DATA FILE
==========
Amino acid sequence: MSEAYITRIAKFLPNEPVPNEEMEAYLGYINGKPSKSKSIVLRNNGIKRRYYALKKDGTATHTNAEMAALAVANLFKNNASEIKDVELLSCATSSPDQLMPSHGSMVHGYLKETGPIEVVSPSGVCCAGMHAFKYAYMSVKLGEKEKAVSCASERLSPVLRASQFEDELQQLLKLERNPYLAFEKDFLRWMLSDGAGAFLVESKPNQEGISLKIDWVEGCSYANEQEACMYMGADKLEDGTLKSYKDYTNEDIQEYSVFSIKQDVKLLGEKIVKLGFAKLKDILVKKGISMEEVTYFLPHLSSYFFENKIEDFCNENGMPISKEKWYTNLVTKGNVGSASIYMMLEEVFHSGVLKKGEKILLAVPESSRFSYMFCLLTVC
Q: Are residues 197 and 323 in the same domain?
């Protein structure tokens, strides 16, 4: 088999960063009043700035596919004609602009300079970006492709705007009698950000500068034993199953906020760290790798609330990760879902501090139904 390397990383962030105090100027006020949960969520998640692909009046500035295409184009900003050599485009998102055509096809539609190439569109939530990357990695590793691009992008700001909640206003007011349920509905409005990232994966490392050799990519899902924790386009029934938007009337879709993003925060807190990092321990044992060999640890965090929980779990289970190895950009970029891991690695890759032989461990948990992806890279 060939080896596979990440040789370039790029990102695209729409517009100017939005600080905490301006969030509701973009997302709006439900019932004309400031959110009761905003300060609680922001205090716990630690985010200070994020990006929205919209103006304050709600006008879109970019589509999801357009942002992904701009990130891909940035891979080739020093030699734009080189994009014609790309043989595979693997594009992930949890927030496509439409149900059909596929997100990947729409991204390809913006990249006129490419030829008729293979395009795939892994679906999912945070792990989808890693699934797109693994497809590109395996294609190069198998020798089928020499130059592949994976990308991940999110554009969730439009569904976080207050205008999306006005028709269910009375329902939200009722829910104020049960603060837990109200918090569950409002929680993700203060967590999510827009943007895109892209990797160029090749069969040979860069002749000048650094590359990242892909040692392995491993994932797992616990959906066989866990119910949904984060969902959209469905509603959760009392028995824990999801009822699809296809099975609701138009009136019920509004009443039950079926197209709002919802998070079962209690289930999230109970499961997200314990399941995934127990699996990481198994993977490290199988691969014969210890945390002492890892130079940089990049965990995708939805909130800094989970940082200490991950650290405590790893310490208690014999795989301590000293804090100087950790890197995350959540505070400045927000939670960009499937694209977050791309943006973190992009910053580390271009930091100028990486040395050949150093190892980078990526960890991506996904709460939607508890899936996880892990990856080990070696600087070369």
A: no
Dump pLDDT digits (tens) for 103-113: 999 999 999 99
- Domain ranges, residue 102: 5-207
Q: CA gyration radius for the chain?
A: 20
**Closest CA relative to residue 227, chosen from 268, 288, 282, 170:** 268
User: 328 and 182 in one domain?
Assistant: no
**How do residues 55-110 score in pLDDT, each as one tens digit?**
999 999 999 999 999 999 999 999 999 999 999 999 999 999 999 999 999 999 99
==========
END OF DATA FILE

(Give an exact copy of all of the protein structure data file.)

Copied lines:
Amino acid sequence: MSEAYITRIAKFLPNEPVPNEEMEAYLGYINGKPSKSKSIVLRNNGIKRRYYALKKDGTATHTNAEMAALAVANLFKNNASEIKDVELLSCATSSPDQLMPSHGSMVHGYLKETGPIEVVSPSGVCCAGMHAFKYAYMSVKLGEKEKAVSCASERLSPVLRASQFEDELQQLLKLERNPYLAFEKDFLRWMLSDGAGAFLVESKPNQEGISLKIDWVEGCSYANEQEACMYMGADKLEDGTLKSYKDYTNEDIQEYSVFSIKQDVKLLGEKIVKLGFAKLKDILVKKGISMEEVTYFLPHLSSYFFENKIEDFCNENGMPISKEKWYTNLVTKGNVGSASIYMMLEEVFHSGVLKKGEKILLAVPESSRFSYMFCLLTVC
Q: Are residues 197 and 323 in the same domain?
């Protein structure tokens, strides 16, 4: 088999960063009043700035596919004609602009300079970006492709705007009698950000500068034993199953906020760290790798609330990760879902501090139904 390397990383962030105090100027006020949960969520998640692909009046500035295409184009900003050599485009998102055509096809539609190439569109939530990357990695590793691009992008700001909640206003007011349920509905409005990232994966490392050799990519899902924790386009029934938007009337879709993003925060807190990092321990044992060999640890965090929980779990289970190895950009970029891991690695890759032989461990948990992806890279 060939080896596979990440040789370039790029990102695209729409517009100017939005600080905490301006969030509701973009997302709006439900019932004309400031959110009761905003300060609680922001205090716990630690985010200070994020990006929205919209103006304050709600006008879109970019589509999801357009942002992904701009990130891909940035891979080739020093030699734009080189994009014609790309043989595979693997594009992930949890927030496509439409149900059909596929997100990947729409991204390809913006990249006129490419030829008729293979395009795939892994679906999912945070792990989808890693699934797109693994497809590109395996294609190069198998020798089928020499130059592949994976990308991940999110554009969730439009569904976080207050205008999306006005028709269910009375329902939200009722829910104020049960603060837990109200918090569950409002929680993700203060967590999510827009943007895109892209990797160029090749069969040979860069002749000048650094590359990242892909040692392995491993994932797992616990959906066989866990119910949904984060969902959209469905509603959760009392028995824990999801009822699809296809099975609701138009009136019920509004009443039950079926197209709002919802998070079962209690289930999230109970499961997200314990399941995934127990699996990481198994993977490290199988691969014969210890945390002492890892130079940089990049965990995708939805909130800094989970940082200490991950650290405590790893310490208690014999795989301590000293804090100087950790890197995350959540505070400045927000939670960009499937694209977050791309943006973190992009910053580390271009930091100028990486040395050949150093190892980078990526960890991506996904709460939607508890899936996880892990990856080990070696600087070369």
A: no
Dump pLDDT digits (tens) for 103-113: 999 999 999 99
- Domain ranges, residue 102: 5-207
Q: CA gyration radius for the chain?
A: 20
**Closest CA relative to residue 227, chosen from 268, 288, 282, 170:** 268
User: 328 and 182 in one domain?
Assistant: no
**How do residues 55-110 score in pLDDT, each as one tens digit?**
999 999 999 999 999 999 999 999 999 999 999 999 999 999 999 999 999 999 99